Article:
Graduation ceremonies a celebration of Australia’s cultural diversity

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One of the joys / delights of being a university chancellor is presiding over graduation cermonies.
As students receive their testamurs they are greeted not just by enthusiastic clapping and cheering but at the University of Western Sydney, over which I preside – and as a reflection of the increasing number of Arabic, Indian and African background students – ululating.
The linguistic and cultural attributes of Australian students can help to create new opportunities for trade and commerce.
The great majority of those in the audience, whose children are the first generation of their family to enjoy university, recognise the magnitude of the achievement and the possibilities it represents.
By creating an institution open to all students of ability, no matter what their background or family circumstance, Australian society is continuously revitalised.
Around a third of the domestic students who attend UWS come from families that speak a language other than English at home. The second languages of most of our bilingual students are Arabic, Vietnamese, Cantonese, Mandarin, Hindi, Urdu, Punjabi, Tamil, Filipino/Tagalog or Korean. Increasing numbers of our students come from the Pacific islands.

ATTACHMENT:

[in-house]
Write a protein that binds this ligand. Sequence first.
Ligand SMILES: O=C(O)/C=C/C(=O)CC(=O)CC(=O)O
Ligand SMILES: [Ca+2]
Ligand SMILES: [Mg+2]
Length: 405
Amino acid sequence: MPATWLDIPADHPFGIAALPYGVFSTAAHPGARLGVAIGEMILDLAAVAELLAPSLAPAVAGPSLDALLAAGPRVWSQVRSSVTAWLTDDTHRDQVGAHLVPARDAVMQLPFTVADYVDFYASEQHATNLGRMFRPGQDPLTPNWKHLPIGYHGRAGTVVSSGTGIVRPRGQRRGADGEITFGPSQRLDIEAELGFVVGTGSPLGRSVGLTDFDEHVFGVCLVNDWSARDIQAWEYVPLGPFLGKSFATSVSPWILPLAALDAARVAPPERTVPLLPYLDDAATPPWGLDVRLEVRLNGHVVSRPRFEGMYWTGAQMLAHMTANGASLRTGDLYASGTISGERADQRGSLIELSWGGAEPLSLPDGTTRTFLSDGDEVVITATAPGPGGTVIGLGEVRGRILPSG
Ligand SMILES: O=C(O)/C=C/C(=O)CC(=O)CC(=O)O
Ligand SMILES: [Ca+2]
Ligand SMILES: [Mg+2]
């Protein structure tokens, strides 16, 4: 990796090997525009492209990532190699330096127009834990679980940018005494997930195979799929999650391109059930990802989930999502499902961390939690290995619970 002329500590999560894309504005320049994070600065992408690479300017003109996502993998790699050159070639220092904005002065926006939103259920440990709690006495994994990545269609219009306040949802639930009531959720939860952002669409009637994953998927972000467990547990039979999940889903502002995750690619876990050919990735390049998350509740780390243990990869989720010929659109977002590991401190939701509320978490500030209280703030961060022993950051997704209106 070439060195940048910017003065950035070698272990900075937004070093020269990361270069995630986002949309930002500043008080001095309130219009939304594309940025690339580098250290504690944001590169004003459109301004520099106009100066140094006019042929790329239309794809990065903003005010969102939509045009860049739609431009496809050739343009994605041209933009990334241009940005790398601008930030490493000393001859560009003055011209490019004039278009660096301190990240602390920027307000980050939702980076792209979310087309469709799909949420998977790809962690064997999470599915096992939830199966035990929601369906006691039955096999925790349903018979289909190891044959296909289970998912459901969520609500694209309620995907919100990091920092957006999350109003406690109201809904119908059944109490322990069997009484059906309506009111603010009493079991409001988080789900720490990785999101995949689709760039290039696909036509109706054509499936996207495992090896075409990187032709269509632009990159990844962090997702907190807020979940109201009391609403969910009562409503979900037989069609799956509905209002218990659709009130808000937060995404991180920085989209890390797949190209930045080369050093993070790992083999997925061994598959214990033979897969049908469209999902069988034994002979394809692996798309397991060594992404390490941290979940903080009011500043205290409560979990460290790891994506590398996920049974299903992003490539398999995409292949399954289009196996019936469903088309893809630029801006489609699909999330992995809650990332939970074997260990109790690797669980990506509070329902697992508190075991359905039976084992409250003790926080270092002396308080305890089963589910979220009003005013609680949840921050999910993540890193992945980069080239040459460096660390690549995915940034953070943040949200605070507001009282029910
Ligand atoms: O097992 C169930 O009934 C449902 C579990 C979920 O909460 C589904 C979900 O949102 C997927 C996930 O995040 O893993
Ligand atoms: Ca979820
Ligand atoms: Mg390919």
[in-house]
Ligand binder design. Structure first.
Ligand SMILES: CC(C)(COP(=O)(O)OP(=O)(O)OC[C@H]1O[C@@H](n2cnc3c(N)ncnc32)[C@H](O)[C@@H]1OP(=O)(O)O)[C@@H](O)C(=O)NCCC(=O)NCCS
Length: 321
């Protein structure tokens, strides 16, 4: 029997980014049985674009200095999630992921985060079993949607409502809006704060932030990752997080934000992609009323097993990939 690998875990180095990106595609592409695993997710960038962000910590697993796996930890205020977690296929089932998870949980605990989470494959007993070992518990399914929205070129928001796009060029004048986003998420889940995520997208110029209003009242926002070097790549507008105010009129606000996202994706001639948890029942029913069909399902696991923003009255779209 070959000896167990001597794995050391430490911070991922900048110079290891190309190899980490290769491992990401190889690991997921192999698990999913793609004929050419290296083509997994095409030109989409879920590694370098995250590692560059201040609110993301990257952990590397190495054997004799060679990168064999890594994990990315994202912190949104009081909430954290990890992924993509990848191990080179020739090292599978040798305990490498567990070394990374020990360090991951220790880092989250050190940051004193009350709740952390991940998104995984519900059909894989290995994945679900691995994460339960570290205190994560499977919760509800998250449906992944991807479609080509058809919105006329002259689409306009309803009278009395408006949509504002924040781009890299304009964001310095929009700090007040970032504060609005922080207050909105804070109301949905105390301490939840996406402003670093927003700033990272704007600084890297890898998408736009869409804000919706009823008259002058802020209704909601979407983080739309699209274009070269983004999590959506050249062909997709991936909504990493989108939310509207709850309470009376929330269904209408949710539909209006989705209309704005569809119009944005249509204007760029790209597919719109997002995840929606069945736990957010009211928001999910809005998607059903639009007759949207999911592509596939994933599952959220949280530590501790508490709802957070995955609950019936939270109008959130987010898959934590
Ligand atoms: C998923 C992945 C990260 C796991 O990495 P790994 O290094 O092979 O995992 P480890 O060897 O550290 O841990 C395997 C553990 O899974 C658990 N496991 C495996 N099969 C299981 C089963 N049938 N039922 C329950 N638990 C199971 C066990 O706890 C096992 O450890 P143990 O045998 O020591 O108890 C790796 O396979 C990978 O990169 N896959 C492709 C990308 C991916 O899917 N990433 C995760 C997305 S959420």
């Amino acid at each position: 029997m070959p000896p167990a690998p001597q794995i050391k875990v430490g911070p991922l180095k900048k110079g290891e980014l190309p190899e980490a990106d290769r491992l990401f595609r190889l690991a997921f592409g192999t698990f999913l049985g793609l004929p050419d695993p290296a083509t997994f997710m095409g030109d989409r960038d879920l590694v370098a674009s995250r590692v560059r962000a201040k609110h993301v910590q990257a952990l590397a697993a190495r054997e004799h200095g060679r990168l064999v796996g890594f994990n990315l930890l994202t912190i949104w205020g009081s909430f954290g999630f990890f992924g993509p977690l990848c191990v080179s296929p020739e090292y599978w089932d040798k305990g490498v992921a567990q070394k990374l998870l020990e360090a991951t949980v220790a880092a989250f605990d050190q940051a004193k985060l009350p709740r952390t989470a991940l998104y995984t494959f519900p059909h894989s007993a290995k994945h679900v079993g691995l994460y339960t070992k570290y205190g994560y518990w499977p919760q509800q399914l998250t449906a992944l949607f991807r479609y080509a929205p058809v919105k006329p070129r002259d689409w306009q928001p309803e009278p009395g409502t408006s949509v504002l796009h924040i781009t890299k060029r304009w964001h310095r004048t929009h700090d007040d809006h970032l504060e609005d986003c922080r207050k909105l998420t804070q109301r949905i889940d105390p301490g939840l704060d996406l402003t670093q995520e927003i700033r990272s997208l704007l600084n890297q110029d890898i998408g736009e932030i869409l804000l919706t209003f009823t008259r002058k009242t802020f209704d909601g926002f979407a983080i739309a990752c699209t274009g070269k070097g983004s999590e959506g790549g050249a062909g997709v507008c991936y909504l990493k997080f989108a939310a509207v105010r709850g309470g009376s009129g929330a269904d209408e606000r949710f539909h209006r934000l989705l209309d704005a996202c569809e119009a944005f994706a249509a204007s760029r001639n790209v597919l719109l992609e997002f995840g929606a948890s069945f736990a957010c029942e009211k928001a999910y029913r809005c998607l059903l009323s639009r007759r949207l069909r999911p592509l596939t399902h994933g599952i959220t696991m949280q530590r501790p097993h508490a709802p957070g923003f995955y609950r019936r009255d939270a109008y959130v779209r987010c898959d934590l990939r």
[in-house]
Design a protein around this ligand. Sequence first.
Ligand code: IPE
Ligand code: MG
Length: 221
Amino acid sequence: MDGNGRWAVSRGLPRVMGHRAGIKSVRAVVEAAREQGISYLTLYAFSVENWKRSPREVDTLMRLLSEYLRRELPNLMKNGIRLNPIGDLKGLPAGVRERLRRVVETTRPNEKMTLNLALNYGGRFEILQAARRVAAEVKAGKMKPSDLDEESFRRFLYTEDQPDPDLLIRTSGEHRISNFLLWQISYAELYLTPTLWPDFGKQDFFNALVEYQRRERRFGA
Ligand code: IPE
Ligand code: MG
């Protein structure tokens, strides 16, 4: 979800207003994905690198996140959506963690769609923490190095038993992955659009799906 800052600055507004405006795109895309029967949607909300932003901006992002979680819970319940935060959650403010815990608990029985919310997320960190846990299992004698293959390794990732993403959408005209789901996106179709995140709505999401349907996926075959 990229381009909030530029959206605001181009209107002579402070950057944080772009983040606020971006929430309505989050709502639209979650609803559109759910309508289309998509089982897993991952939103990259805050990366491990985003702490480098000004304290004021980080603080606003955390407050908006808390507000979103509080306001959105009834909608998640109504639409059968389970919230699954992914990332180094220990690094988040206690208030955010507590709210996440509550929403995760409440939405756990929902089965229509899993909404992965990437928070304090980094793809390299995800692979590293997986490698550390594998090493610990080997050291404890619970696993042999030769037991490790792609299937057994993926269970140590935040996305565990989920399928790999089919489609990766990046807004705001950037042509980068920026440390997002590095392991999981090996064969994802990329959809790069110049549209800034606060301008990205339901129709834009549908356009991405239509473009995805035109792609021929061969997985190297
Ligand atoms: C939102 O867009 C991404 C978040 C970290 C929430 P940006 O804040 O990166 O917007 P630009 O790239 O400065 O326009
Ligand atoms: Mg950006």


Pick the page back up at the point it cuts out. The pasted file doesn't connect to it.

We need to stop thinking about this archetypally Australian process of migrant settlement in terms of barriers of language and discrimination. Migrants (and refugees) bring entrepreneurial drive and ambition for their children.
Young people brought up in two cultures possess an additional asset that can enhance their educational qualifications in business, law, medicine, nursing, teaching, engineering or community work.
The key is to unlock through education the aspirational energy that exists. Equally important, we need to recognise the cultural skills and family ambition that graduates from diverse backgrounds can bring to building a stronger nation. The students who shake my hand are the future face of Australia.
Peter Shergold, the former secretary of the Department of the Prime Minister and Cabinet, is now Chancellor of the University of Western Sydney.

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